In the past, much of conservation planning has prioritised areas with high biodiversity value. However, the work of the conservation planning group and others is demonstrating that prioritising areas with high biodiversity value may not have the highest conservation impact. This is because many high biodiversity areas are under minimal threat from activities that are likely to compromise biodiversity (e.g. habitat destruction, fishing, etc.), and protecting them will, therefore, make little difference.
To build on conservation planning processes of the past, we are developing new ways of prioritising areas for conservation based on impact. To do this, we are using the coral reef fisheries of Chuuk, a state in the Federated States of Micronesia, as a study system. In Chuuk, we are developing models of coral reef fish biomass and fishing pressure to estimate and map the amount of coral reef fish biomass that is likely to be lost in the future if different reefs are left unprotected, and how much coral reef fish biomass will recover if they are protected. We are also comparing multiple conservation planning strategies, such as targeting degraded reefs to maximise biodiversity recovery, or targeting intact reefs to mitigate biodiversity loss. We are also working with The Nature Conservancy and Chuuk Conservation Society to bring this information to the community, and to assist them in developing a conservation plan for Chuuk.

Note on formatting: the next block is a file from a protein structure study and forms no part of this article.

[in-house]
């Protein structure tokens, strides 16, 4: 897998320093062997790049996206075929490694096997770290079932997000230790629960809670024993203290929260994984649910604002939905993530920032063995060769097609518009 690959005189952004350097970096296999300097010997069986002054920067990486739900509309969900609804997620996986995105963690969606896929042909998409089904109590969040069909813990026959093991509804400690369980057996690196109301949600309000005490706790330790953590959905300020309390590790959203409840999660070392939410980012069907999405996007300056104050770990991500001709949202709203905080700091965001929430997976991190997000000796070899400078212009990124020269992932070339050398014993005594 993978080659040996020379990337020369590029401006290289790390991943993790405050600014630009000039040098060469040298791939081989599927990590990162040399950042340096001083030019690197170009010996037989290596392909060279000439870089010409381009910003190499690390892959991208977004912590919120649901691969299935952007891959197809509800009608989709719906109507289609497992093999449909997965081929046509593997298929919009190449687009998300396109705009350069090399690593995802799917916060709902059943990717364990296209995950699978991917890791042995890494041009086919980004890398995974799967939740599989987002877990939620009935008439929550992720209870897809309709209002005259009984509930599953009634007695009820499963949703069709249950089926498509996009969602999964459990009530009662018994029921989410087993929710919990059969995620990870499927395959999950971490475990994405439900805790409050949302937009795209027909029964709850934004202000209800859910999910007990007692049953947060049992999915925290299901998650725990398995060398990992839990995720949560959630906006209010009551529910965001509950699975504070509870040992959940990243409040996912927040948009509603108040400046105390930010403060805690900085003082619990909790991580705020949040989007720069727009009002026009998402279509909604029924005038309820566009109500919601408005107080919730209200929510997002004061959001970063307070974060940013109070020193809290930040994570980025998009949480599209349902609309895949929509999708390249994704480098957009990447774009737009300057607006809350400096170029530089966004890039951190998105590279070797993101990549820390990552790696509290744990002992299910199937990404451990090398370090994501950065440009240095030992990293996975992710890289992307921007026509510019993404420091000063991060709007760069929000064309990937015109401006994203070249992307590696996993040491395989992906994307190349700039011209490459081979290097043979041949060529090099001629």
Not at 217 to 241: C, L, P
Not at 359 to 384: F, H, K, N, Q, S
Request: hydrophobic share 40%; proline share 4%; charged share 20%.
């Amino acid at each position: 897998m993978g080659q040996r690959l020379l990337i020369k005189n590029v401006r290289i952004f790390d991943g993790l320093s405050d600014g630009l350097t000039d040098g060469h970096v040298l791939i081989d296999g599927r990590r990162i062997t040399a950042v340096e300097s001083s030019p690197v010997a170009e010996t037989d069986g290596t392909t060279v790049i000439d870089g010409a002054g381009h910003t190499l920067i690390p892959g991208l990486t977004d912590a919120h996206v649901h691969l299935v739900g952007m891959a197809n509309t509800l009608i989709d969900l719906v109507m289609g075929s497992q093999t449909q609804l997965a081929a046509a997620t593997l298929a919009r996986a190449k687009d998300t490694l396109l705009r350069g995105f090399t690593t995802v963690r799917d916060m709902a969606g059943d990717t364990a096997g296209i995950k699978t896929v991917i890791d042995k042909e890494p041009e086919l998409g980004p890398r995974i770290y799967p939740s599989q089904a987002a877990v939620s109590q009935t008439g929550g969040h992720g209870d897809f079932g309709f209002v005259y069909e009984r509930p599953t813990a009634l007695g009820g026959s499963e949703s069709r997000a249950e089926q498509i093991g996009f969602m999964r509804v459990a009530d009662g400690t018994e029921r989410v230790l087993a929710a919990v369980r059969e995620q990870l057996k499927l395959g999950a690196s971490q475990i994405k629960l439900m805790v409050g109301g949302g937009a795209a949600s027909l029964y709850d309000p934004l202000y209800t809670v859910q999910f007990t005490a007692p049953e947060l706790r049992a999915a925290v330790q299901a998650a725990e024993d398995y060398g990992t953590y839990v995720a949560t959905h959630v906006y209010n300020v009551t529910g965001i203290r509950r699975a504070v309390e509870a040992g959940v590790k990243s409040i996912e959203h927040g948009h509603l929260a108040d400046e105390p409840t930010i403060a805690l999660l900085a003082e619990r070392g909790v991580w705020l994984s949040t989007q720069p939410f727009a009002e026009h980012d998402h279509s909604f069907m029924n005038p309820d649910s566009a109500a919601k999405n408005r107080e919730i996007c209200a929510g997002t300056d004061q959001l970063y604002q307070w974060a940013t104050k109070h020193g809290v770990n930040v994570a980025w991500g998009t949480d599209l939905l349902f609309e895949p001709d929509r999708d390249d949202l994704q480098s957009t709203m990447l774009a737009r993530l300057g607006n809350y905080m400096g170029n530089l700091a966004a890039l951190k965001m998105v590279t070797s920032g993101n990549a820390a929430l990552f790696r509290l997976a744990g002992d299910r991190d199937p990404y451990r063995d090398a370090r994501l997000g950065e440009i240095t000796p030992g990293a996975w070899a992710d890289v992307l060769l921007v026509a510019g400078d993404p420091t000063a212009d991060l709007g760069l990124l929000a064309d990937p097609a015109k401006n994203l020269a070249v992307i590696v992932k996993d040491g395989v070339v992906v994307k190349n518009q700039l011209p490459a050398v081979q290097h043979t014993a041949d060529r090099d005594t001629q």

In October, Chuuk Conservation Society and The Nature Conservancy held a workshop with over 60 community leaders in Chuuk, and discussed options for managing and protecting Chuuk’s coral reef fisheries. At this workshop, we collected information on fishers’ spatial preferences, and social factors that might affect conservation planning in the area (e.g. reef ownership). Using this information and the models we have developed, we aim to develop a prioritisation framework that can be used to maximise conservation impact and restore coral reef fisheries in Chuuk.